Select Committee on Welsh Affairs Written Evidence


Written Evidence from Wales TUC Cymru

  The Wales TUC welcomes the opportunity to comment on the Welsh Affairs Committee "Inquiry into energy in Wales". The Wales TUC represents over 50 trade unions who in turn represent around half a million members across Wales.

1.  INTRODUCTION

  1.1  The Wales TUC has placed a very high priority on the future of energy in Wales during 2004 and 2005. We have organised two high profile energy conferences in north and south Wales where public and private sector representatives heard from industry leaders, workers and energy experts.

2.  THE CURRENT AND FUTURE ENERGY NEEDS OF WALES

  2.1  The supply of energy in Wales is a crucial issue to the Wales TUC. The future development of Wales, economically, environmentally and socially, will be to a large extent dependent on how we plan energy policy during the next five years.

  2.2  Of particular concern are Welsh employers having access to a stable supply of electricity at a price that enables them to be competitive and any supply being environmentally sensitive.

  2.3  A secure and competitive energy supply is of particular importance to the Welsh economy, given the importance of manufacturing in our energy mix.

  2.4  As most electricity in Wales is supplied via the National Grid, the electricity needs of Wales must be considered in the context of the supply and demand pattern in the UK as a whole.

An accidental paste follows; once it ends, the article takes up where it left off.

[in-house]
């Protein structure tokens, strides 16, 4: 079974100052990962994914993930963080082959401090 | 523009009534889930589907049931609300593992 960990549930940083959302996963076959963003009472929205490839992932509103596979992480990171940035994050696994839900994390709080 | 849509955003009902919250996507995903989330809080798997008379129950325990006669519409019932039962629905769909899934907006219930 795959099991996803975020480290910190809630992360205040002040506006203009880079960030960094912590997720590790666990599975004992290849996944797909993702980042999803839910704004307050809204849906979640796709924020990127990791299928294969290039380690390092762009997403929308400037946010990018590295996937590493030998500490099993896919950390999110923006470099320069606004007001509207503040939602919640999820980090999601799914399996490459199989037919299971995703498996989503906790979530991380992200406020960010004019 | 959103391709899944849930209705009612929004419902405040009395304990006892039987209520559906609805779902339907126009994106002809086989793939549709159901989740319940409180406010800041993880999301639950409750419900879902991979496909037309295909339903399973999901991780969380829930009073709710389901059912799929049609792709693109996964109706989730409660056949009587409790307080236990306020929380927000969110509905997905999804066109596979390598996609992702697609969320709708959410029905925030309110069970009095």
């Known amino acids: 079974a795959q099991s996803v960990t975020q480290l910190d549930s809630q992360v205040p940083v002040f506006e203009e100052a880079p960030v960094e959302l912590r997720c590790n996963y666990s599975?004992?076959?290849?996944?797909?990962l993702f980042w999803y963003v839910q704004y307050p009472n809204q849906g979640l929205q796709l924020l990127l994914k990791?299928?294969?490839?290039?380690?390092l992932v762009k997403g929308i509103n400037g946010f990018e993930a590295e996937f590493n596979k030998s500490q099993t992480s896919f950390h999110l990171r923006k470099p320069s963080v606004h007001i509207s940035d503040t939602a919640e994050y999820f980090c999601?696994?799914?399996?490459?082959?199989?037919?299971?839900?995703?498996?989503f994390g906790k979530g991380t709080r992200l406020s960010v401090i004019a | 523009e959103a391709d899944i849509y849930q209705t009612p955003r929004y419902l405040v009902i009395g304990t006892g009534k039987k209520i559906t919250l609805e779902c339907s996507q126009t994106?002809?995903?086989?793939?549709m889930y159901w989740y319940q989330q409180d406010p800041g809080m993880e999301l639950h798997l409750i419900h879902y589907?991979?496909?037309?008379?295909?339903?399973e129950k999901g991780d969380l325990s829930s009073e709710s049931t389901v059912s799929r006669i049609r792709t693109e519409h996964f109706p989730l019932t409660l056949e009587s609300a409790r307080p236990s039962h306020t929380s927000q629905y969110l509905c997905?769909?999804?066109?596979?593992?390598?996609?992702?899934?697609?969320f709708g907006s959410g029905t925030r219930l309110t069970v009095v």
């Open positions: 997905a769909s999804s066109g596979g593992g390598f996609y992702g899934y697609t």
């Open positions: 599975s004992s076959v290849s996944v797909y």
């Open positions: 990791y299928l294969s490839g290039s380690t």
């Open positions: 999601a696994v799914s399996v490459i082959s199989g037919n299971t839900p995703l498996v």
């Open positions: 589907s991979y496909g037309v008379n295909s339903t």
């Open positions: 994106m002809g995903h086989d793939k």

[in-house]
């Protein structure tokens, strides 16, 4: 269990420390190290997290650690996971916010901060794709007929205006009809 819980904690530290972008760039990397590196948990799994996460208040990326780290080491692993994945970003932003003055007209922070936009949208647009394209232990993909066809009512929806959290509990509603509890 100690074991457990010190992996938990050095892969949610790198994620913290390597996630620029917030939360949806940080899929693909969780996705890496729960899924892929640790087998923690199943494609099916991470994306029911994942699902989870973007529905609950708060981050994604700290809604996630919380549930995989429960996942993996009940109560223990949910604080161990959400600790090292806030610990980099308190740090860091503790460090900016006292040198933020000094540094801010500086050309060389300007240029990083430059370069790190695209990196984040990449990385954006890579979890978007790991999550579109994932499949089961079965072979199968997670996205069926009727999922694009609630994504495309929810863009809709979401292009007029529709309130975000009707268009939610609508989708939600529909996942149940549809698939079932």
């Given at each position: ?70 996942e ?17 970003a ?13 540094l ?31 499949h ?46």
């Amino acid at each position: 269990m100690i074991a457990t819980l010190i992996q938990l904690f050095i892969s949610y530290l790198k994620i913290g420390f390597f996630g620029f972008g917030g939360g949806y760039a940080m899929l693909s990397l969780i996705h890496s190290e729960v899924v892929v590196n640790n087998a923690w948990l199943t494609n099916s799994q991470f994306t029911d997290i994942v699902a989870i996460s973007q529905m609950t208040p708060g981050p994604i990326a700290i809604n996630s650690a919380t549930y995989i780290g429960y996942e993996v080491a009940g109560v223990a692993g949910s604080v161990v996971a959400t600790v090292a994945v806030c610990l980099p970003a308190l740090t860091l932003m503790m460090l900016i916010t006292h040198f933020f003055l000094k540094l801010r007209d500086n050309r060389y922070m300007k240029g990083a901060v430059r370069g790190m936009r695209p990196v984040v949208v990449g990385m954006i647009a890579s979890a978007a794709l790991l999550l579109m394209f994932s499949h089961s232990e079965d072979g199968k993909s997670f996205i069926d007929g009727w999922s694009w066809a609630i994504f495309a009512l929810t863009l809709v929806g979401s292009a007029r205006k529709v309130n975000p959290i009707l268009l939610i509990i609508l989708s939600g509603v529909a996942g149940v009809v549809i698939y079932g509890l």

2.5  We must also do more to improve our energy efficiency, which would help reduce our demand for energy.

3.  THE CURRENT AND FUTURE PROVISION OF ENERGY IN WALES

  3.1  In Wales, diverse and secure ranges of electricity generators produce electricity.
Generation SectorTerawatt Hours (TWh) Percentage
Gas12.40141.37
Nuclear (Wylfa)7.291 24.32 *
Coal7.11623.74
Pumped Storage2.064 6.88
Renewables0.7822.61
Other thermal0.2760.92
Oil0.0490.16

Source:  Our Environment, Our Future, Your Views (WAG 2005)

At full capacity, Wylfa can produce 8.6 TWh or 27.5% of Welsh generation.

  3.2  The forecasts for electricity demand and supply in the UK until 2020, as quoted in the DTI/ Ofgem JESS report, indicate that a much higher proportion of the UK's electricity requirements will be produced from gas fired power stations (65%) than is presently the case. This is due to the planned retirement of the older generation of nuclear power stations and the expected reduction in coal-fired capacity.

  3.3  Approximately 41% of electricity generated in Wales comes from gas-fired stations. When Wylfa nuclear power station closes in 2010, and assuming the proposed gas-fired power stations at Milford Haven and Uskmouth come on stream in that time, that percentage will rise to approximately 50%. On present trends this dependence will continue to increase.

  3.4  The closure of Wylfa will remove 8.6 TWh of capacity from Wales (28% of present Welsh generation) and will make North Wales a net importer of electricity. South Wales is presently a net importer of electricity and bears the highest electricity costs in the UK because of the high transmission costs.

  3.5  Given that the industry estimate is 80-90% of gas used in the UK will be imported as North Sea reserves are progressively depleted, consideration has to be given to the source of the gas and whether that supply is stable. If the UK depends upon gas for 65% of its electricity supply then it is clear that disruption to the supply of gas would have dire consequences to the economy and society of the UK and Wales.